Here's an interactive way of testing for yourelf, and provide stats with your browser(s):

  13. Dan Bugglin says:

    I write JS for a living and have had this exact problem.  I take the manual route every time.

    Using math.min actually never occurred to me.  Clever.  I might try that in the future just to reduce the code written (typically speed isn't important except in specific instances where a piece of code is run a lot).

    And then there is the fact that I have to write for IE7 and IE8 at work.  There is no .reduce or .indexOf, so that limits your options.  You can write shims of course but then you are still pursuing a manual method, just with more code and function call overhead!  Ironically you're writing your code to be faster in non-IE and slower in IE.  Not that I have too much of a problem with this.

    PS: Raymond: Try using the IE Dev Tools profiler (and Chrome's own profiler) to time functions.  Very interesting to look at and pretty easy to see where you need to optimize things… though typically for me all my time is spent in native DOM functions thus I end up needing to just rethink how I'm doing the DOM manipulation. :(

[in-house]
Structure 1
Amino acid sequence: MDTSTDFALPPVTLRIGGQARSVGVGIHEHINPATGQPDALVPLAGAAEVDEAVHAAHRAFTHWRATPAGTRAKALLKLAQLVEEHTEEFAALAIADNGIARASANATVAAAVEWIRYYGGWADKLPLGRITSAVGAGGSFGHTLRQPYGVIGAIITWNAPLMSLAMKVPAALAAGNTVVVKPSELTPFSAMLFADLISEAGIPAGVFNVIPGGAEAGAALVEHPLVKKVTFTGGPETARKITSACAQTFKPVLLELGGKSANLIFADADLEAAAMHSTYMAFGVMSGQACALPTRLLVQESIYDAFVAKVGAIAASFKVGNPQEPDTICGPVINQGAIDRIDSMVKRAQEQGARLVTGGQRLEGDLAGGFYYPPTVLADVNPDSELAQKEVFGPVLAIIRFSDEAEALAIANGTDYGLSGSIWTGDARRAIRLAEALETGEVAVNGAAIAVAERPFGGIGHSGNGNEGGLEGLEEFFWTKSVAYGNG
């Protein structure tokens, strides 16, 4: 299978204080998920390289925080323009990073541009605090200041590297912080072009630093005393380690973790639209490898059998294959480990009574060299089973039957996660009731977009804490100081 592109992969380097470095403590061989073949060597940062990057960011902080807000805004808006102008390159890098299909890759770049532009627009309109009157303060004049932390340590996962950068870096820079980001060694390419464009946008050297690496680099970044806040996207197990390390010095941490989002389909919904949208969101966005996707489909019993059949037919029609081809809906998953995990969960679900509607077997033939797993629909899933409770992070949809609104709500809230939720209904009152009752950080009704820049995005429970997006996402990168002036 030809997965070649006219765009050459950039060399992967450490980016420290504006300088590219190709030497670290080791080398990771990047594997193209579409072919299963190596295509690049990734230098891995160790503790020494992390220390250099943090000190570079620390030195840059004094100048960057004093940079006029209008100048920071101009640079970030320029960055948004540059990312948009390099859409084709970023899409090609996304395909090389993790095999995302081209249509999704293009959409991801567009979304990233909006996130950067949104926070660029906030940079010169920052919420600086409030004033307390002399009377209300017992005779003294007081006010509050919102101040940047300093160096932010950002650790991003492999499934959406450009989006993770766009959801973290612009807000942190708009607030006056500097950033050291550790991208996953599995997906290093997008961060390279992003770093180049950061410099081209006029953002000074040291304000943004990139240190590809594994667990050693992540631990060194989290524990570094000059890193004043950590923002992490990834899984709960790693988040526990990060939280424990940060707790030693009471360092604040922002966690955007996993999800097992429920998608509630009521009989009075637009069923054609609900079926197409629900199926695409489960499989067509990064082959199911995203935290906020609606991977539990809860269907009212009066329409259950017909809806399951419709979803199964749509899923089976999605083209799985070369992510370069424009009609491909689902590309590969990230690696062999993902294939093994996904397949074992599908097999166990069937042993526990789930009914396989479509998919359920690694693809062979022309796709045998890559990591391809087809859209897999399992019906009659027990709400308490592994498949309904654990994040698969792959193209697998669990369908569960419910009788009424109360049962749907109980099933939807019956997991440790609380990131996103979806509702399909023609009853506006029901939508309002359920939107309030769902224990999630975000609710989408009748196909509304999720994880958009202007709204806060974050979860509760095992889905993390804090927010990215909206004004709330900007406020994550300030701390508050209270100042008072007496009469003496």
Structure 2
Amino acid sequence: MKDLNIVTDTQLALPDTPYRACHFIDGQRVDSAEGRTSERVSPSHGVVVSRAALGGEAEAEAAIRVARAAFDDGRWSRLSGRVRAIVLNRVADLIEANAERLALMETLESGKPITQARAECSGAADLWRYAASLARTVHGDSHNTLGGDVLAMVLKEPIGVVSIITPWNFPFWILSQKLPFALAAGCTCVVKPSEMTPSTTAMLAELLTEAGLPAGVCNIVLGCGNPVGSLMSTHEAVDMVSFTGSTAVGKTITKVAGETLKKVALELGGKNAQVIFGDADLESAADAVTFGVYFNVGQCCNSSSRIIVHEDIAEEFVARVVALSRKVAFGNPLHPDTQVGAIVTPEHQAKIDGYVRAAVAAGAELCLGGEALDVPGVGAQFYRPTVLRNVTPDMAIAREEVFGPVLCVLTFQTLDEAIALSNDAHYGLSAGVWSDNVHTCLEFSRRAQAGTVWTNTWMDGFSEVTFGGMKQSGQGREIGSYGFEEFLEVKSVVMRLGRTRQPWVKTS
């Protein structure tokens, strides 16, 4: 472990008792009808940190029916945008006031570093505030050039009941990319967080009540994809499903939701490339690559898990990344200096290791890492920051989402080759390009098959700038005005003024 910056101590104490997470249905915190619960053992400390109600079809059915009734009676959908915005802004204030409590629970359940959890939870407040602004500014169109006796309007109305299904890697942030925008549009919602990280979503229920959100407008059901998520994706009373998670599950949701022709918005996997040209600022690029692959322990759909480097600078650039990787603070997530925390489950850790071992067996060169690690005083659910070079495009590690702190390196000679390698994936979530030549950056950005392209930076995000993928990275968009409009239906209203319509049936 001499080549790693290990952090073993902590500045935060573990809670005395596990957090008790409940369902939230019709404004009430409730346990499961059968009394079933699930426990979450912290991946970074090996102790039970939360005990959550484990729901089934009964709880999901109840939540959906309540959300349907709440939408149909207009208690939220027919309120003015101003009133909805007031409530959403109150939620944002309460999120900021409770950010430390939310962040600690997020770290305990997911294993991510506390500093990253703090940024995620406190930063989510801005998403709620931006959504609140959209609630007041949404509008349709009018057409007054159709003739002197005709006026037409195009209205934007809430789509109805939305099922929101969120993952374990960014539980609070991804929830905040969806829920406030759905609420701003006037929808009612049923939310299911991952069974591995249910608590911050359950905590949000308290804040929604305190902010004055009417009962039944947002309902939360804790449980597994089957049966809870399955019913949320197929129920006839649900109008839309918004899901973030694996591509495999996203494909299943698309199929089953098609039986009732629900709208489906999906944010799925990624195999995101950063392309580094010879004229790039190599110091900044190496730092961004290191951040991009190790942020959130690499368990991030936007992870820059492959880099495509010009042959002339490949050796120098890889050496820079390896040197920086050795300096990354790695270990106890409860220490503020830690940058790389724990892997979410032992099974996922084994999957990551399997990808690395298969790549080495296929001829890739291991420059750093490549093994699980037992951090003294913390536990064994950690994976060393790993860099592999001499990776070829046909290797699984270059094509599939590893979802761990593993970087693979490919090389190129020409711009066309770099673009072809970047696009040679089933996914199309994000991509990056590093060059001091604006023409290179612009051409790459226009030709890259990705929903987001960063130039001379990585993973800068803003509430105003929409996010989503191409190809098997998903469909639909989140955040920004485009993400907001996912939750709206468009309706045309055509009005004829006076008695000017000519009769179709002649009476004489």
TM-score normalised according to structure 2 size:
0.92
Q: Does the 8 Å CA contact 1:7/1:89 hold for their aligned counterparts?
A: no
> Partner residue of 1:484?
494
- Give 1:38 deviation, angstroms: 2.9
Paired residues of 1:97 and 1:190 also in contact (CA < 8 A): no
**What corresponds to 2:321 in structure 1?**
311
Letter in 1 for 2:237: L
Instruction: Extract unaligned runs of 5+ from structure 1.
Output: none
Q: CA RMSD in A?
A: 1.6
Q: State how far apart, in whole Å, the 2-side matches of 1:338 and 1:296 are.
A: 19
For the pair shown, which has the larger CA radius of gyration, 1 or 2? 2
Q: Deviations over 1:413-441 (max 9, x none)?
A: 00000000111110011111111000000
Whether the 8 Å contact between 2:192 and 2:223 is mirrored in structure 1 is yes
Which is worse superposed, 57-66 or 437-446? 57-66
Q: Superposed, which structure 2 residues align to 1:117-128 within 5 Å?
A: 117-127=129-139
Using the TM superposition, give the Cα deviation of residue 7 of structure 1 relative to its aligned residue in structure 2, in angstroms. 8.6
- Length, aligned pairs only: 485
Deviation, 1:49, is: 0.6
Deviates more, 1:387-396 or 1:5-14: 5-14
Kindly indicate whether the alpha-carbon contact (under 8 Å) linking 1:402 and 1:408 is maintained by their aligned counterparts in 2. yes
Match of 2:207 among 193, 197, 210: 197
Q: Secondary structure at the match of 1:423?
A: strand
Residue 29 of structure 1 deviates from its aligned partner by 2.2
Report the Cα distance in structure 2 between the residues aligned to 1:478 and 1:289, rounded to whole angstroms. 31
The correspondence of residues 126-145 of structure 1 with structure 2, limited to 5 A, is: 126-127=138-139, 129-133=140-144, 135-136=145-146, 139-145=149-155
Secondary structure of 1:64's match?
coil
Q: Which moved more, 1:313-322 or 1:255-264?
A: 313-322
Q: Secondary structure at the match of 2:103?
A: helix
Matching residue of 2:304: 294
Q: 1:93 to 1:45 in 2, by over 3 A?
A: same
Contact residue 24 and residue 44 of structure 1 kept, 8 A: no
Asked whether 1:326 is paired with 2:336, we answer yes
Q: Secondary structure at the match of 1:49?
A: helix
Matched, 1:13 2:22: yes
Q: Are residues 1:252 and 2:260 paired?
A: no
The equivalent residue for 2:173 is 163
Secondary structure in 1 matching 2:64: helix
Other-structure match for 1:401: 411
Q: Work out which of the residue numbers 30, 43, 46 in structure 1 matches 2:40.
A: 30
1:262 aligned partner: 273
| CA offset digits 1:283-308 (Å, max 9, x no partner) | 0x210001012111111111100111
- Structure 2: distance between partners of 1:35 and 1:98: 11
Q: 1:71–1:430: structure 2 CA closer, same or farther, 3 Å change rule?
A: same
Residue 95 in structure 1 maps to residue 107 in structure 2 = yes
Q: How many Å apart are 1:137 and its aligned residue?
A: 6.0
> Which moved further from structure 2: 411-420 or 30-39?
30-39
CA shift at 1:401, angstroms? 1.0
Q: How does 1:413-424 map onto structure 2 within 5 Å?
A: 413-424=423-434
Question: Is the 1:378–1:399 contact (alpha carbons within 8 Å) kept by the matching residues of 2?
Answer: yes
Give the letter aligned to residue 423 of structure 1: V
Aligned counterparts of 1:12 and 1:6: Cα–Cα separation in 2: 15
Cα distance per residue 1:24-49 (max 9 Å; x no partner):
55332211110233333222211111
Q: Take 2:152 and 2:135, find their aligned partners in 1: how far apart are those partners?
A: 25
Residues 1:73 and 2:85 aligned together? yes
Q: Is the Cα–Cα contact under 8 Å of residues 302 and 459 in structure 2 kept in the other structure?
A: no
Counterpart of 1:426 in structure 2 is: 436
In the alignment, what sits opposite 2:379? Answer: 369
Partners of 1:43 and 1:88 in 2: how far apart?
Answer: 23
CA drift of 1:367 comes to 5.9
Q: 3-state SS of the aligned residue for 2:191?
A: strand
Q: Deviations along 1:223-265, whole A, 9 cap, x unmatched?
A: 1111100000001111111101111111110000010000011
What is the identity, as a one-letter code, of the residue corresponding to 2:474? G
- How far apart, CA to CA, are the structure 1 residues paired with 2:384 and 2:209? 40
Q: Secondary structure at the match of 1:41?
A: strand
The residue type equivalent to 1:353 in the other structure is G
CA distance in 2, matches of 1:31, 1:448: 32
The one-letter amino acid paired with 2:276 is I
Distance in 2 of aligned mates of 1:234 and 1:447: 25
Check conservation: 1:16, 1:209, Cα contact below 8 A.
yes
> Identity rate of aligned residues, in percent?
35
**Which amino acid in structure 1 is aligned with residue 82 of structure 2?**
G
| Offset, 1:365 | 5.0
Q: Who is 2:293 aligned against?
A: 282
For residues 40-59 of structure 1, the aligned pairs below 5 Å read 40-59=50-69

@Mc Exactly.  I worked with a guy who wanted to optimize everything up front.  Smart guy, but he ended up WRITING HIS OWN STACK to get around a problem with IE6's ~2000 iteration stack limit for a specific recursive function… and we might not have needed to.  Needless to say whenever that function was called you could not trust the real stack trace since it was destroyed.  Made debugging a LOT harder.

    Same reasoning was used to reject jQuery.  I am on a smaller project now and I was able to call some shots this time, so I said we're using jQuery.  It has helped so much more than I'd dreamed.  Much neater code when dealing with the DOM, auto-cross platform, etc.  And where there have been inefficiencies I can identify them and drop back to normal DOM functions in a few specific places.